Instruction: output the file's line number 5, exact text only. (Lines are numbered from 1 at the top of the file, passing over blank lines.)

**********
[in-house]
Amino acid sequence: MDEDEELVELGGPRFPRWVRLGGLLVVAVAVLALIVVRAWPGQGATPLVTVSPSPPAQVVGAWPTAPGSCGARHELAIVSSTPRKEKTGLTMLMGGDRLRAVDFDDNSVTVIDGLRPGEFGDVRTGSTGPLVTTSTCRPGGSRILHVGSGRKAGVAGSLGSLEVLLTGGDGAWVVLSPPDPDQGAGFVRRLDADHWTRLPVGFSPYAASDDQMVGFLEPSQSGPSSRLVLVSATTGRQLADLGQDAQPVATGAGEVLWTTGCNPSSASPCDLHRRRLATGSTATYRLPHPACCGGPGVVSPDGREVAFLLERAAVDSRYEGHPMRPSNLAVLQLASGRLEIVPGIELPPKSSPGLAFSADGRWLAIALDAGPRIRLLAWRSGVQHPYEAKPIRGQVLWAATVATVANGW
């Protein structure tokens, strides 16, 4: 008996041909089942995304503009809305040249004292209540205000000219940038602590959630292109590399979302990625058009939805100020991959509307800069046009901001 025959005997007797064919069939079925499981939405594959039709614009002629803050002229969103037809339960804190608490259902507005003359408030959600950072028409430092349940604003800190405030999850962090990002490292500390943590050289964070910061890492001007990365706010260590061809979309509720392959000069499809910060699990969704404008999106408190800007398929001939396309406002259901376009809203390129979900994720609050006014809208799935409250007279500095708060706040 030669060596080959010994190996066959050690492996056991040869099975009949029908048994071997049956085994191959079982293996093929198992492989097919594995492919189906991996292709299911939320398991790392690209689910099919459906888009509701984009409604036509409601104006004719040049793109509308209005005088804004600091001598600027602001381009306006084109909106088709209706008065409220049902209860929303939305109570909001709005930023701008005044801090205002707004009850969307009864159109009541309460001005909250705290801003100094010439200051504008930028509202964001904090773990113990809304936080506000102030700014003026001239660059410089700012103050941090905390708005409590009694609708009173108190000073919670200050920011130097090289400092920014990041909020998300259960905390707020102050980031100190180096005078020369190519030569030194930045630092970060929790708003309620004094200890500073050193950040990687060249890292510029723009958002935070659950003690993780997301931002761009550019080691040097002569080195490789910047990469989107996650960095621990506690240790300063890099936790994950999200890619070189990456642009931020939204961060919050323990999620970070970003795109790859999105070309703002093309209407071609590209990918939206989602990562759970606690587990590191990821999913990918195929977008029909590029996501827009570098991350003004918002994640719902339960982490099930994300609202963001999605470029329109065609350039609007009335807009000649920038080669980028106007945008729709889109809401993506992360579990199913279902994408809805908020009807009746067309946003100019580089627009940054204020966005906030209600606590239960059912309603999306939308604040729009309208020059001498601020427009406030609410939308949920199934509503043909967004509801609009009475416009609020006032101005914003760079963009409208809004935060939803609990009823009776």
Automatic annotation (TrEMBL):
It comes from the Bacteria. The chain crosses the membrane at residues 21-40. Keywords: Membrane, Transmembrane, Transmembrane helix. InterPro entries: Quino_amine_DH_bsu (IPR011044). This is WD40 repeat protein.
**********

It comes from the Bacteria. The chain crosses the membrane at residues 21-40. Keywords: Membrane, Transmembrane, Transmembrane helix. InterPro entries: Quino_amine_DH_bsu (IPR011044). This is WD40 repeat protein.